The first half of 2014 has nearly drawn to a close, and many of us are looking forward to vacation time. And who can blame us given the unprecedented events that have occurred and the tumultuous changes in the marketplace? While you relax and read this article while sipping your favorite beverage, you might find some of the commentary here to be rather thought provoking.

Over the next several years, we may all have to work a little harder to achieve our goals, but for those who are surgically focused on growing their business, this is a great time to attract new clients. The Chinese word for crisis is comprised of two characters — one meaning danger and the other meaning opportunity. What do you see in the tea leaves of the marketplace? I sincerely hope you see opportunity, and I want to help you make this your best sales year yet.

The Affordable Care Act considerations are wreaking havoc on some of your clients’ benefits decisions and your own business operations, there are compensation pressures due to issues like transparency and commission reductions, and clients are asking you to reduce their health care expenses. All these market forces are putting more pressure on you to bring greater value to your clients at a lower cost. We all need to do more with less, but doing it intelligently enables the smart advisers to excel no matter what the external factors are. Let’s talk about how to manage sales activities and resources to increase sales revenues despite the market conditions.

Step back from your day-to-day activities and evaluate your client’s total business issues from a sales management perspective. Think about their business more like a management consultant. Think about their business in a more holistic and strategic manner. Ask yourself how much you really know about their business, aside from their health care plan or group-life program. Focus on specific products and program design later. First, focus on developing what their needs are.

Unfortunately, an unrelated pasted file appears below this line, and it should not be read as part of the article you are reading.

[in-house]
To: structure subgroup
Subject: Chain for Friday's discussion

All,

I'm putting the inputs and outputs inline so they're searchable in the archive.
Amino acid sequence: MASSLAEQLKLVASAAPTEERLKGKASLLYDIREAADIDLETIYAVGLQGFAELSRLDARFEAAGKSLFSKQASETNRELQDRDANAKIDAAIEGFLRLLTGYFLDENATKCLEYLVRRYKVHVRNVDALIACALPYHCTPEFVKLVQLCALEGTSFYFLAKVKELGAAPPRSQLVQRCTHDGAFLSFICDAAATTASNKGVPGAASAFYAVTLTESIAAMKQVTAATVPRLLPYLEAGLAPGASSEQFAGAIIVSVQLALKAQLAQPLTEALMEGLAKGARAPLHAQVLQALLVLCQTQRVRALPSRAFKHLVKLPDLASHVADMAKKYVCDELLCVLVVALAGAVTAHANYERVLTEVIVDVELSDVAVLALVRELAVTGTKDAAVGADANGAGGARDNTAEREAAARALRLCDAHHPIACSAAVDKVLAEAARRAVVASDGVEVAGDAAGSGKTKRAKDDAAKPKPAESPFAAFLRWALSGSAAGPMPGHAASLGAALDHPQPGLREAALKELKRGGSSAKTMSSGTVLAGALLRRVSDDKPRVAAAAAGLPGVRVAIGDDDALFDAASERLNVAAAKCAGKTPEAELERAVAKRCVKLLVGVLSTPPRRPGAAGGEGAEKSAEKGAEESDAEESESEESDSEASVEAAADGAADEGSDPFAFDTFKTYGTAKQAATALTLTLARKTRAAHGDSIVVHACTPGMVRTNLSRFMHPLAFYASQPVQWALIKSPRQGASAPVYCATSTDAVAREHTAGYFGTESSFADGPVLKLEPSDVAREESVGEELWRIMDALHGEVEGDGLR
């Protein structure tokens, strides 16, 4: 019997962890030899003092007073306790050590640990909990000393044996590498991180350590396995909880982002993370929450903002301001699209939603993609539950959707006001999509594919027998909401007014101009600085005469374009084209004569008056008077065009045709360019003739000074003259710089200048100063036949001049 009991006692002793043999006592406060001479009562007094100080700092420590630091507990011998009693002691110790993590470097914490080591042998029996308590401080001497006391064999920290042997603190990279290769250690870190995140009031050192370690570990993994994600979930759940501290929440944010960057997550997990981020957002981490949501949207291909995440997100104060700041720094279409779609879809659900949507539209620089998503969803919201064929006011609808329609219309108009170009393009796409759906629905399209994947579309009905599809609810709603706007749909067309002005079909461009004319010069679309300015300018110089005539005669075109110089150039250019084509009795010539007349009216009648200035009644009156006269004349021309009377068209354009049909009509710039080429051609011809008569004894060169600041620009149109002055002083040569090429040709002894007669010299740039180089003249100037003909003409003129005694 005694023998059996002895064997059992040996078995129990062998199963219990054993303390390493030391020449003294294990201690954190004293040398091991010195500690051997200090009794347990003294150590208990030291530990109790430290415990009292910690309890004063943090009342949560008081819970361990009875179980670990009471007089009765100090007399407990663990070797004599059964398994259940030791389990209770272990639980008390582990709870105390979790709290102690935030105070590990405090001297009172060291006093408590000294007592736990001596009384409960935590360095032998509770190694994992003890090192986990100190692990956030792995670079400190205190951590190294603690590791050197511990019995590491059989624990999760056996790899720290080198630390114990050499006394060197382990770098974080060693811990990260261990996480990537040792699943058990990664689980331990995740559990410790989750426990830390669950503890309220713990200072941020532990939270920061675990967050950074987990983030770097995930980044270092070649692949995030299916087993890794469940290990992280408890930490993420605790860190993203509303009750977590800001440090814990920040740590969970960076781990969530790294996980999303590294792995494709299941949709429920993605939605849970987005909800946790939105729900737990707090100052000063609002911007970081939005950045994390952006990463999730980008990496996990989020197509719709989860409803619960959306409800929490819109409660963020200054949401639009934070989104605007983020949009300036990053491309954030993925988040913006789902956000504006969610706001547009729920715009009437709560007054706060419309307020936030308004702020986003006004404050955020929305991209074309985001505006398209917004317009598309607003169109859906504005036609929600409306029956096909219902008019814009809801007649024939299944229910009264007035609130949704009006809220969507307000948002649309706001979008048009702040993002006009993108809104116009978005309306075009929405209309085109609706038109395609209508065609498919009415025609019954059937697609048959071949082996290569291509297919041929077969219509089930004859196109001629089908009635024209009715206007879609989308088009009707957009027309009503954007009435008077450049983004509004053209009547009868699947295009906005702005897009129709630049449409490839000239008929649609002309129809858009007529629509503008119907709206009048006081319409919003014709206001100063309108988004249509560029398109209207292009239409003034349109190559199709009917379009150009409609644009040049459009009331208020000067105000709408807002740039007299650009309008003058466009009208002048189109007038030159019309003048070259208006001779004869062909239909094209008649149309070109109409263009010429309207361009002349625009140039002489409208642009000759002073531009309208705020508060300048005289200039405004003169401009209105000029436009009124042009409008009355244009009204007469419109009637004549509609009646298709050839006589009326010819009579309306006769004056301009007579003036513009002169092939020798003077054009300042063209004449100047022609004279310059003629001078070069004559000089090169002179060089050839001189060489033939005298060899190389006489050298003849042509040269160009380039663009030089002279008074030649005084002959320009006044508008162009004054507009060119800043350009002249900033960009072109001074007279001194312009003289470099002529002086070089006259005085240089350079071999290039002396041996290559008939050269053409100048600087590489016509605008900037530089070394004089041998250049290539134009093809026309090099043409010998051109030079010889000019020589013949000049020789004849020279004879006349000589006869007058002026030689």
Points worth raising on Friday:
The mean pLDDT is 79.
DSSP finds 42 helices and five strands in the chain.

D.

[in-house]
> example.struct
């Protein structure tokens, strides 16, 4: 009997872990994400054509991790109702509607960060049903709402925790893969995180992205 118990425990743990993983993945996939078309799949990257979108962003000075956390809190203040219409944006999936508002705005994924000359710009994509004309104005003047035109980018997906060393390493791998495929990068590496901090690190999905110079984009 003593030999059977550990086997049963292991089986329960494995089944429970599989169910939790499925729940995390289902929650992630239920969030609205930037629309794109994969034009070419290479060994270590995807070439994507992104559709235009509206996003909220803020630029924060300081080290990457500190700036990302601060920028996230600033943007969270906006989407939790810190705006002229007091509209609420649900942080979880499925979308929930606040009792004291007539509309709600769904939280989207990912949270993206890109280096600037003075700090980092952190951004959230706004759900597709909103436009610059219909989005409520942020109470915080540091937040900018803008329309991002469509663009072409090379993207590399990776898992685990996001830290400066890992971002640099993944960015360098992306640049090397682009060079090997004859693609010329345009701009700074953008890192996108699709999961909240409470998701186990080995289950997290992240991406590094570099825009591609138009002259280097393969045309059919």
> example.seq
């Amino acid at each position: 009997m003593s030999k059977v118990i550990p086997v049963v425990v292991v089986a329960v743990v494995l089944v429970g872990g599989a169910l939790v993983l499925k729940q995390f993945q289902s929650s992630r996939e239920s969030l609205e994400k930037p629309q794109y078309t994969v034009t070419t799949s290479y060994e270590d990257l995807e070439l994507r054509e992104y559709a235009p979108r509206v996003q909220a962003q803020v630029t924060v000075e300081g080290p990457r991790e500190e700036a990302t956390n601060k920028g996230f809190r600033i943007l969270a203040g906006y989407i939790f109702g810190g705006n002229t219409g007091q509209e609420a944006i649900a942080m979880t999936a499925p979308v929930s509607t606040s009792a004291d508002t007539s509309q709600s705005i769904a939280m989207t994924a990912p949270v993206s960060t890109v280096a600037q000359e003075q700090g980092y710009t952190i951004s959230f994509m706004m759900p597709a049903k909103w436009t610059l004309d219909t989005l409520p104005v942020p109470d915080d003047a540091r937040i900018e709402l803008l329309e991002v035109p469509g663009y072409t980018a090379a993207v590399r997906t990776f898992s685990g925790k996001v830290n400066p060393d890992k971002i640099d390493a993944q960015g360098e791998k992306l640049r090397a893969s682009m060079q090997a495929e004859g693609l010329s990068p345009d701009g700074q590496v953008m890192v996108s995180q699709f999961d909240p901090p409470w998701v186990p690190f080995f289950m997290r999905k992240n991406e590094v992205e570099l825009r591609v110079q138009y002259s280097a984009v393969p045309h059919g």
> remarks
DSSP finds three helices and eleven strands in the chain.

What is going on with their business? What are the critical issues confronting them today? What strategies are they employing to maintain their market share and to grow their revenue streams? What role does human capital management play in achieving their corporate goals? What do they expect their benefits program to accomplish for them? When you can answer these questions, you will be better equipped to develop a relevant, comprehensive benefits program that is responsive to their current needs. If you need help with this, contact us and we can discuss it further. Many of your colleagues do.

Yes, get back to basics and utilize a consultative sales management approach. Why? Consider this. Most of today’s sales managers have less than five years of leadership experience. Most of them learned to sell during an expansionary economy. As sales managers, most have never before faced market conditions filled with all the changes brought about by health care reform. Think about your own practice in this context. Who manages your sales operation? And what is their level of expertise in managing sales activities? This is not the time to leave sales management decisions to chance. It may be your role, or it may be a member of your management team. Regardless, in order to survive, and even thrive, you must adapt.

Kwicien is managing partner at Daymark Advisors. Reach him at

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